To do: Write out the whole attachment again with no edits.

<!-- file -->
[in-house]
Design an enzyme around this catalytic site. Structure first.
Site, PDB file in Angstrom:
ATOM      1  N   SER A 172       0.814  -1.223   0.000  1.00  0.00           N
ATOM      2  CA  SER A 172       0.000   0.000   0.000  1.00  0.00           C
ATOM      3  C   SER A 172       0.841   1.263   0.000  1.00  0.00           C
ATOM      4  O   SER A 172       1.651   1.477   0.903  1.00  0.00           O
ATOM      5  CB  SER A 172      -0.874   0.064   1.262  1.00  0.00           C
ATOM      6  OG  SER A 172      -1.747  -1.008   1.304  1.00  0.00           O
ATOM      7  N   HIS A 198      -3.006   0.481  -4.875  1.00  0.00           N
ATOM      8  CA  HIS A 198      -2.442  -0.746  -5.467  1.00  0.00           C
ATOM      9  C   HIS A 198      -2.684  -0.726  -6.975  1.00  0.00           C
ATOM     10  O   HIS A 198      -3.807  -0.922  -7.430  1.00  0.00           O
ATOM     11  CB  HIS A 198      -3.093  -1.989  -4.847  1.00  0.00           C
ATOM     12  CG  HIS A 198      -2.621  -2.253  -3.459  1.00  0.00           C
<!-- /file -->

[in-house]
Design an enzyme around this catalytic site. Structure first.
Site, PDB file in Angstrom:
ATOM      1  N   SER A 172       0.814  -1.223   0.000  1.00  0.00           N
ATOM      2  CA  SER A 172       0.000   0.000   0.000  1.00  0.00           C
ATOM      3  C   SER A 172       0.841   1.263   0.000  1.00  0.00           C
ATOM      4  O   SER A 172       1.651   1.477   0.903  1.00  0.00           O
ATOM      5  CB  SER A 172      -0.874   0.064   1.262  1.00  0.00           C
ATOM      6  OG  SER A 172      -1.747  -1.008   1.304  1.00  0.00           O
ATOM      7  N   HIS A 198      -3.006   0.481  -4.875  1.00  0.00           N
ATOM      8  CA  HIS A 198      -2.442  -0.746  -5.467  1.00  0.00           C
ATOM      9  C   HIS A 198      -2.684  -0.726  -6.975  1.00  0.00           C
ATOM     10  O   HIS A 198      -3.807  -0.922  -7.430  1.00  0.00           O
ATOM     11  CB  HIS A 198      -3.093  -1.989  -4.847  1.00  0.00           C
ATOM     12  CG  HIS A 198      -2.621  -2.253  -3.459  1.00  0.00           C